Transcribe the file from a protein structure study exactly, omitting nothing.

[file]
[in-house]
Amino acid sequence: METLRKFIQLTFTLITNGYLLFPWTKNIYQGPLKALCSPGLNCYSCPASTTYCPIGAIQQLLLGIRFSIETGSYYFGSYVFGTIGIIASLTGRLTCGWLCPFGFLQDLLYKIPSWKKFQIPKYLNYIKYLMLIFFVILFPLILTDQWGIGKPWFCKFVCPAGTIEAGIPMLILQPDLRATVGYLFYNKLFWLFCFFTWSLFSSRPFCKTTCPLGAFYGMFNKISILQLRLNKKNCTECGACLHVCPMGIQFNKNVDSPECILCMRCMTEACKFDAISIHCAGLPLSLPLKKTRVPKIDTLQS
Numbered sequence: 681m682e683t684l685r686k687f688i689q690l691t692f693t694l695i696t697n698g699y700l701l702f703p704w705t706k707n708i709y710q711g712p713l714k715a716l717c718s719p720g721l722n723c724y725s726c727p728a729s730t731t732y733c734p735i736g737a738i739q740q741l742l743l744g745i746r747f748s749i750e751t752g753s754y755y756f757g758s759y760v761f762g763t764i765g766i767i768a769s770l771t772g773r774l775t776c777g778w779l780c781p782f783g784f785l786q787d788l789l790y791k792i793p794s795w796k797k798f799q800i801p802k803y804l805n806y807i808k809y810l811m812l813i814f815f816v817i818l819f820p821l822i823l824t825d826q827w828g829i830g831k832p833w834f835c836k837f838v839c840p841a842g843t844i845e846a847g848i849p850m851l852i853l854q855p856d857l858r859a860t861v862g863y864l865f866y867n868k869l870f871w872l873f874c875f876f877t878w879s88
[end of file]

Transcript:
[in-house]
Amino acid sequence: METLRKFIQLTFTLITNGYLLFPWTKNIYQGPLKALCSPGLNCYSCPASTTYCPIGAIQQLLLGIRFSIETGSYYFGSYVFGTIGIIASLTGRLTCGWLCPFGFLQDLLYKIPSWKKFQIPKYLNYIKYLMLIFFVILFPLILTDQWGIGKPWFCKFVCPAGTIEAGIPMLILQPDLRATVGYLFYNKLFWLFCFFTWSLFSSRPFCKTTCPLGAFYGMFNKISILQLRLNKKNCTECGACLHVCPMGIQFNKNVDSPECILCMRCMTEACKFDAISIHCAGLPLSLPLKKTRVPKIDTLQS
Numbered sequence: 681m682e683t684l685r686k687f688i689q690l691t692f693t694l695i696t697n698g699y700l701l702f703p704w705t706k707n708i709y710q711g712p713l714k715a716l717c718s719p720g721l722n723c724y725s726c727p728a729s730t731t732y733c734p735i736g737a738i739q740q741l742l743l744g745i746r747f748s749i750e751t752g753s754y755y756f757g758s759y760v761f762g763t764i765g766i767i768a769s770l771t772g773r774l775t776c777g778w779l780c781p782f783g784f785l786q787d788l789l790y791k792i793p794s795w796k797k798f799q800i801p802k803y804l805n806y807i808k809y810l811m812l813i814f815f816v817i818l819f820p821l822i823l824t825d826q827w828g829i830g831k832p833w834f835c836k837f838v839c840p841a842g843t844i845e846a847g848i849p850m851l852i853l854q855p856d857l858r859a860t861v862g863y864l865f866y867n868k869l870f871w872l873f874c875f876f877t878w879s88